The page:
Scam app hunter / developer Kosta Eleftheriou, known for catching egregious scams that make it past Apple’s review process, has once again brought attention to a new crop of shady apps being peddled through the App Store. This time they’re on the Mac, and they’re using pop-ups that make it extremely difficult to quit an app without agreeing to outrageous subscription prices — all without Apple noticing, despite its argument that its App Review process keeps devices and users safe.
The app that started the hunt, which seems to have been discovered by Edoardo Vacchi, is called My Metronome. According to Vacchi, Eleftheriou, and user reviews, the app locks up and won’t let you quit it using keyboard shortcuts or the menu bar until you agree to a $9.99-a-month subscription. (It can, however, be force quit.) Eleftheriou told The Verge that it “seems like this developer has experimented with various techniques over the years of preventing people from closing the paywall,” pointing us to several other apps that are still on the store with similar behavior — we’ll get to those in a moment.
Sometime after Eleftheriou tweeted, the app was seemingly removed from the store. Trying to open the link pops up with a message saying that it’s no longer available in my region. (Though, to be clear, you probably shouldn’t try to download it or any of the apps we’re about to talk about.) Apple didn’t respond to The Verge’s request for comment about whether it was the one to take the app down, or how it passed App Review in the first place.
The story doesn’t end there though. As developer Jeff Johnson discovered, the company that made the metronome app, Music Paradise, LLC, has a connection to another App Store developer, Groove Vibes. The privacy policies listed on both developers’ websites (which are linked on their App Store pages) say they’re registered at the same address, and both mention the same legal entity, Akadem GmbH.
The Verge decided to test these apps ourselves, so we fired up the Mac App Store and downloaded Music Paradise’s other app, Music Paradise Player, along with Groove Vibes’ entire catalogue of Mac apps. All of them had an immediate pop-up asking for money in the form of a recurring subscription (usually around the $10-a-month price point, give or take a few bucks). Three of Groove Vibes’ apps worked appropriately — you could quit them with the menu bar, or by pressing Command+Q.
However, two apps from the developer, along with Music Paradise Player, greyed out the quit option on the menu bar, and don’t let you press the standard red close button. Keyboard shortcuts were no help either; they stayed open even while I spammed Command+Q, Command+W, and the escape button.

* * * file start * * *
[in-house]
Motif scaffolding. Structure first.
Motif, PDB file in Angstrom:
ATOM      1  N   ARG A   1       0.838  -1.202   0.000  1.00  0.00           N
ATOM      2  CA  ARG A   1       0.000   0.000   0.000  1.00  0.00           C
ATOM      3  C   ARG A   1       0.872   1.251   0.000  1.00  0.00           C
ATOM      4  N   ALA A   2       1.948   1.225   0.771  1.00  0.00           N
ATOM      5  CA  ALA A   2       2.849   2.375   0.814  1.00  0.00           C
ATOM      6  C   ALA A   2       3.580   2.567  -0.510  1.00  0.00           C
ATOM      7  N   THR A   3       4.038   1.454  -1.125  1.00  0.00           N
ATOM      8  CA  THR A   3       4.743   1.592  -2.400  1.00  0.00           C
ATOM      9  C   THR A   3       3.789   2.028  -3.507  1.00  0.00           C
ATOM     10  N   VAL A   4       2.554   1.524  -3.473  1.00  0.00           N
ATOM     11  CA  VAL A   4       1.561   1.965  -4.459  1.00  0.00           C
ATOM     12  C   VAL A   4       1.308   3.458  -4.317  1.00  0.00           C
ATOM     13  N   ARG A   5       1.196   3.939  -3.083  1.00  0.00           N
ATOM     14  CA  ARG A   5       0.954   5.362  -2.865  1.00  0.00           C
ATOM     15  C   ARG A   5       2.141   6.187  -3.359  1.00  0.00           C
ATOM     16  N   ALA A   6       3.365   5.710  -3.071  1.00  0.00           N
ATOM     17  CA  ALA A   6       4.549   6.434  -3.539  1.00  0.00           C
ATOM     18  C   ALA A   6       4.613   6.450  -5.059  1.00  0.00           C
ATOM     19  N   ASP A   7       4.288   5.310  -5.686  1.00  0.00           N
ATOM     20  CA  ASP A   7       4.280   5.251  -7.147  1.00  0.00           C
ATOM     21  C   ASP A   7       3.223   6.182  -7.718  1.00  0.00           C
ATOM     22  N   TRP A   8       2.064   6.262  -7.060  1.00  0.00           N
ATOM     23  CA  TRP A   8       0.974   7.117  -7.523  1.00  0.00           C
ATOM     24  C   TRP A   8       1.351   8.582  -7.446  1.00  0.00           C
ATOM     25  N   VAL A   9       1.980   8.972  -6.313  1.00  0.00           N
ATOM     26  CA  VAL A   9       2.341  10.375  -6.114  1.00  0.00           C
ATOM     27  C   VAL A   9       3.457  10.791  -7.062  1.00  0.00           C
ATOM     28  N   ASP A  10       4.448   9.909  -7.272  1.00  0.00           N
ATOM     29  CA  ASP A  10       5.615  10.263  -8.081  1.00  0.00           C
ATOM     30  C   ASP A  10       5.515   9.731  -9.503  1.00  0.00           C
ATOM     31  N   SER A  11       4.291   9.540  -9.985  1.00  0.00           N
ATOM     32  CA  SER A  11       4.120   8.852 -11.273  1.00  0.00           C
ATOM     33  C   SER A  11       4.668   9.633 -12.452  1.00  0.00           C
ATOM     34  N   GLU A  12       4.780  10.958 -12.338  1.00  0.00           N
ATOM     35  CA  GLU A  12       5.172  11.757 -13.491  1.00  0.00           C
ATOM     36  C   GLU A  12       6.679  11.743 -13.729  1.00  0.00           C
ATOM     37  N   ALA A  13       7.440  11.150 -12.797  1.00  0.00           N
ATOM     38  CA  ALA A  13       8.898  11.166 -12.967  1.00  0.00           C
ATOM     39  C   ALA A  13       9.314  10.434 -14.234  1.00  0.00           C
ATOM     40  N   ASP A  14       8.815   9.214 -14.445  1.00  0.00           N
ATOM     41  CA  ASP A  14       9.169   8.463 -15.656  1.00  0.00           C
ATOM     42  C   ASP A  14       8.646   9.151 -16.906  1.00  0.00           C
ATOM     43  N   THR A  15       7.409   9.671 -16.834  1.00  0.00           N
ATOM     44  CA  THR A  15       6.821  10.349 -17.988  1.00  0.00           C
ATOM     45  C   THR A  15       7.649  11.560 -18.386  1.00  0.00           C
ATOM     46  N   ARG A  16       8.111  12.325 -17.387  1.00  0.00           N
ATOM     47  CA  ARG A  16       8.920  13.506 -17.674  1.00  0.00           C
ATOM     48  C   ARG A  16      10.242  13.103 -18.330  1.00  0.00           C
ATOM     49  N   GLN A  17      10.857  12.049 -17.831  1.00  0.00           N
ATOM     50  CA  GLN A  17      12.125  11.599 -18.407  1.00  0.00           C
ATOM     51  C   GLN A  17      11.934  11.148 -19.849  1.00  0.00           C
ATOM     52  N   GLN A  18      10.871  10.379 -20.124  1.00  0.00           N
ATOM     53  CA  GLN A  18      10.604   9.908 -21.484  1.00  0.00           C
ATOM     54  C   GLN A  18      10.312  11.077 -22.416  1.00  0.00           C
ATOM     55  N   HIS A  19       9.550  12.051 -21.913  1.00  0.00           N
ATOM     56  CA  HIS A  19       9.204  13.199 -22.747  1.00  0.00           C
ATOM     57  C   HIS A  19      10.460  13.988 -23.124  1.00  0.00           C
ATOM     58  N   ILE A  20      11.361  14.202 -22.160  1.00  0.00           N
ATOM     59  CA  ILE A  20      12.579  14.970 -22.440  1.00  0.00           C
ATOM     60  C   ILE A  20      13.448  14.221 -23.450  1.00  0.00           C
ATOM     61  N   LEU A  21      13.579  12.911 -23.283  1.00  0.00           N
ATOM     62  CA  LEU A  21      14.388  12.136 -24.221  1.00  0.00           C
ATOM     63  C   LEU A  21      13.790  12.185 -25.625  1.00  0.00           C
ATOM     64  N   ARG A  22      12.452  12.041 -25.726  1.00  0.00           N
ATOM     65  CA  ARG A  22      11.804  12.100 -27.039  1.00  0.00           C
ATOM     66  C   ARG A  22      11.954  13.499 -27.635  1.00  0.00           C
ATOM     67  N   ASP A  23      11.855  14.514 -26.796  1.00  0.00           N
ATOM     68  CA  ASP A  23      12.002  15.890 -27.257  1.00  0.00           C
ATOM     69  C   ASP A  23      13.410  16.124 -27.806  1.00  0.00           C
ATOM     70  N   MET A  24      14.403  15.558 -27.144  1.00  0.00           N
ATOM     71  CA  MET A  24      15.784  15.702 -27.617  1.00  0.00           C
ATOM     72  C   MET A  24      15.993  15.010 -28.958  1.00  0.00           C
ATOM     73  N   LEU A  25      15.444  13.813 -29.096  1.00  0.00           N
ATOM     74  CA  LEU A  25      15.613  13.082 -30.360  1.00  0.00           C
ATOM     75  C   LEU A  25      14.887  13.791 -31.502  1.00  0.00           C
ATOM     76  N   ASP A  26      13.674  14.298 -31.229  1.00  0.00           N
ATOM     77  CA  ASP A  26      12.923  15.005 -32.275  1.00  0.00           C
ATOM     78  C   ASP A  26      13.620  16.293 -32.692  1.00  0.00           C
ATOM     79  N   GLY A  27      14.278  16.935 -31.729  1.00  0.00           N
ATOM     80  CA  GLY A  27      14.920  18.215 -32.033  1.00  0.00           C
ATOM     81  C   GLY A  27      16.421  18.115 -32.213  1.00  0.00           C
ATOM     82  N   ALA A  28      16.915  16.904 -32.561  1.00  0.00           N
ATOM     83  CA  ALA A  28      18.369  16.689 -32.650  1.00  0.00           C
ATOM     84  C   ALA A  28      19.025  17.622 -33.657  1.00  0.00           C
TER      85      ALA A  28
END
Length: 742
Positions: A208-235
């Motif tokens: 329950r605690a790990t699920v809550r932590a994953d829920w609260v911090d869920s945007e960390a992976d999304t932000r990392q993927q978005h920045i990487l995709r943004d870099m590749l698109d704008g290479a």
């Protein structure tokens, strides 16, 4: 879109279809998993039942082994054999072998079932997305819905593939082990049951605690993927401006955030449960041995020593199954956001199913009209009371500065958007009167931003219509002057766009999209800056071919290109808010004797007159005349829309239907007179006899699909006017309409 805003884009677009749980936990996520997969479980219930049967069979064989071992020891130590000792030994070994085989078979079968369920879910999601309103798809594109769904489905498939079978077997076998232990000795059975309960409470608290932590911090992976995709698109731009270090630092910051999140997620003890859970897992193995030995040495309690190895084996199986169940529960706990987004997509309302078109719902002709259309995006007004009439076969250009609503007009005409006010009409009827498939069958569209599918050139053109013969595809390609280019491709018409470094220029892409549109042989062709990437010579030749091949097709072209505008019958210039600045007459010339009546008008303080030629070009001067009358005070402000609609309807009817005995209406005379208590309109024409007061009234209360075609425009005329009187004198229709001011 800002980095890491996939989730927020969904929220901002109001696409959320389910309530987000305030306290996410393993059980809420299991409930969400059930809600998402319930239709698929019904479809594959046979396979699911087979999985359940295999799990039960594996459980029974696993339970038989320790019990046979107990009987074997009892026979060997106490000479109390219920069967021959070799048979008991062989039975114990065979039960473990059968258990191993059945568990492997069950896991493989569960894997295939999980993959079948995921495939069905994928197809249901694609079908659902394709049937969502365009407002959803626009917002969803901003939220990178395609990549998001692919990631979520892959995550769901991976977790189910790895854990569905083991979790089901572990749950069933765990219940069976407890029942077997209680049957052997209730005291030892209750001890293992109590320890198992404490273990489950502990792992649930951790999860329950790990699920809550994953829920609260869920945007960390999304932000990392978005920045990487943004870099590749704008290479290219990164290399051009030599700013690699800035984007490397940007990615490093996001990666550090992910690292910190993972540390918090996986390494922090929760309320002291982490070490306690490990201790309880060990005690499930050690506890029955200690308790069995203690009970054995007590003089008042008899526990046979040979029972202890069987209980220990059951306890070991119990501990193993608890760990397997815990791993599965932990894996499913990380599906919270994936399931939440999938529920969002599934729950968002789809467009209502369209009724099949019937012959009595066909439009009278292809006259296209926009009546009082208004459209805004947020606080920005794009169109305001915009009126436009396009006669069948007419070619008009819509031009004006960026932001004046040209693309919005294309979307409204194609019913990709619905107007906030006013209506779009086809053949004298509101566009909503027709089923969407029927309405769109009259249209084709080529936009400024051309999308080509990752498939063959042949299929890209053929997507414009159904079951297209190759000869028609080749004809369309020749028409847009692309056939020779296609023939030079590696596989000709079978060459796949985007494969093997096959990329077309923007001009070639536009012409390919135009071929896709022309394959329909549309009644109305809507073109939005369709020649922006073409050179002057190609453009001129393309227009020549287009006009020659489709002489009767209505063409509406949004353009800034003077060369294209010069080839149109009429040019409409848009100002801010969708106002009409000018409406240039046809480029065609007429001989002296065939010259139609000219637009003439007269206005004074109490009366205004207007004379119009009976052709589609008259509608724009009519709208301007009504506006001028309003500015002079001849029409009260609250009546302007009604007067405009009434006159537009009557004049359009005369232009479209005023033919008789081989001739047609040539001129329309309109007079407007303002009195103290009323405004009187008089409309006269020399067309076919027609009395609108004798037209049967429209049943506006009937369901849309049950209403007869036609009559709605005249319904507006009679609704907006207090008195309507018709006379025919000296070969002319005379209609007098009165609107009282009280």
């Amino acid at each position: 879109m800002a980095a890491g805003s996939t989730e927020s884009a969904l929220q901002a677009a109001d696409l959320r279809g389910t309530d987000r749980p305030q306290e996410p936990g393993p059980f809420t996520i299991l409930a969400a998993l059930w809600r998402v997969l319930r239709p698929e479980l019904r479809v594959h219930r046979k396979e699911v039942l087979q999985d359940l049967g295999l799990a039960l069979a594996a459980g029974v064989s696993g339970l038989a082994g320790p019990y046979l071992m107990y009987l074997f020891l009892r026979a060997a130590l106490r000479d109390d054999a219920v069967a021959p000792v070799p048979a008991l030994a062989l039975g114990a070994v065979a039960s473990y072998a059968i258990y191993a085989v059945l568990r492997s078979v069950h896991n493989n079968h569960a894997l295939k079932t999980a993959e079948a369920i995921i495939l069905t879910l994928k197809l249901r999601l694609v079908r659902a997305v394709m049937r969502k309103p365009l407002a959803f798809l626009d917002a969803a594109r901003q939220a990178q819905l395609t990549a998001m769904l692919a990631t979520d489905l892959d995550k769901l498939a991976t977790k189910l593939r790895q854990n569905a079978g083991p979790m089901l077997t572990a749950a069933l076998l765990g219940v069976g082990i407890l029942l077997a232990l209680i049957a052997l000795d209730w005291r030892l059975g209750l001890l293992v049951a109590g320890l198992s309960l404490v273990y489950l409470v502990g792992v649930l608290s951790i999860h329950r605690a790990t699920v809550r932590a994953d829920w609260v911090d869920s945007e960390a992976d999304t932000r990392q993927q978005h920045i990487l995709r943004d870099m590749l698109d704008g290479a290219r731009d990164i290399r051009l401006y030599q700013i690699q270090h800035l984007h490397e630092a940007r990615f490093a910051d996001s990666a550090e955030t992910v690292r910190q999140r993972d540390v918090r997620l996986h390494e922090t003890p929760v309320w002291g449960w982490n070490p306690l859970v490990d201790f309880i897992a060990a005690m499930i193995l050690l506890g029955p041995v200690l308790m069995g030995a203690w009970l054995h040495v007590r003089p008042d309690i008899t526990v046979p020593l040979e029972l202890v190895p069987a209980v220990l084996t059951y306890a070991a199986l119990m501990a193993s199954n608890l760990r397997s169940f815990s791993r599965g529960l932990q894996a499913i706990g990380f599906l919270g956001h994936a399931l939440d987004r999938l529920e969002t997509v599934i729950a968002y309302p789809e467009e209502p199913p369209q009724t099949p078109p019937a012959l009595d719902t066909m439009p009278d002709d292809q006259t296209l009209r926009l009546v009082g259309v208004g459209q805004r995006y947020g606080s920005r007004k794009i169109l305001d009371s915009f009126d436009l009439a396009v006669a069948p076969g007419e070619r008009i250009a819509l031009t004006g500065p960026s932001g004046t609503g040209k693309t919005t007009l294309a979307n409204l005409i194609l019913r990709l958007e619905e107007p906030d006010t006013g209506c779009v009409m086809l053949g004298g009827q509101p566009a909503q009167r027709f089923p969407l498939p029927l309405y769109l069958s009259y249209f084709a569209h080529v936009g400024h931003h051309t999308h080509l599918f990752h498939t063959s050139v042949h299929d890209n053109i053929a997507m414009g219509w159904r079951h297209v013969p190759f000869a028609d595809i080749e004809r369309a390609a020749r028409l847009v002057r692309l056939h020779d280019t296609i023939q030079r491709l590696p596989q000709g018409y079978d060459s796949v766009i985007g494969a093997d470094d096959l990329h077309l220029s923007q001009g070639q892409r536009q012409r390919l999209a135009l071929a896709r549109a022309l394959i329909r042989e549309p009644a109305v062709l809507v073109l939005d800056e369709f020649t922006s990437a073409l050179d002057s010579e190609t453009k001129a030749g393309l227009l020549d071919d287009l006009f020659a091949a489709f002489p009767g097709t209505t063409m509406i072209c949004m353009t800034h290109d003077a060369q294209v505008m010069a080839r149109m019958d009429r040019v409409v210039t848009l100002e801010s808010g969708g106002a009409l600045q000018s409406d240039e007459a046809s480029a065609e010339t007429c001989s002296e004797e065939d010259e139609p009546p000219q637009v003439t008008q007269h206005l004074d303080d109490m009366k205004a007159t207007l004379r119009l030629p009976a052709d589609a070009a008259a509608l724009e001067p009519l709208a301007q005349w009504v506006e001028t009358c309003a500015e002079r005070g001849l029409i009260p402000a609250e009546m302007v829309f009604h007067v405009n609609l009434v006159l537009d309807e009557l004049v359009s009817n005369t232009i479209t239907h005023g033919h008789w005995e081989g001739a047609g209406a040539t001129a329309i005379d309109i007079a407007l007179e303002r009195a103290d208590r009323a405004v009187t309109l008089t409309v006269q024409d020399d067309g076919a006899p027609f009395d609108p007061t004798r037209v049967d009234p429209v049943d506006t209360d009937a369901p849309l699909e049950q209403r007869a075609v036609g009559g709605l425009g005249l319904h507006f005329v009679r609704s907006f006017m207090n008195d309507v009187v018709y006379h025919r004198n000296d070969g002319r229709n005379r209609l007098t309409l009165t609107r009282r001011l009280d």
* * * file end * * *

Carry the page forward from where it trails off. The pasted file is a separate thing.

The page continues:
The apps don’t totally lock you out of your computer like the ransomware that often makes the news, as there are other ways to close them even if you don’t know how to force quit. Music Paradise Player has an “X” button on its offer screen, and once you press it the subscription screen goes away and you can quit the app normally. FX Tool Box has a small “Maybe Later” button that does the same thing. All To MP3 Convertor has a similar “just let me into the app so I can close it” button, but it is by far the worst offender when it comes to hiding it. It’s a piece of text that says “continue with the limited edition,” nestled between other pieces of text, without any obvious sign that it’s actually a link.
But the fact that a savvy user could close these apps, if need be, doesn’t excuse their existence on the store. In theory, App Review should’ve tried them out and rejected them for violating Apple’s guidelines. It’s frustrating to see these apps slip through Apple’s net when there are plenty of other examples where developers get dinged for seemingly arbitrary reasons (or even just for following Apple’s example).
At the same time, Apple argued that iPhone owners should only be able to install apps from its store, so it can scrutinize the software. The company vehemently opposes legislation that would force it to allow sideloading, or installing apps from other sources, saying that the lack of an App Store monopoly would subject users to all sorts of scams and malware. (Last year, the App Review team only had 500 people, who are charged with the Herculean task of making sure that every app on the store follows the rules.)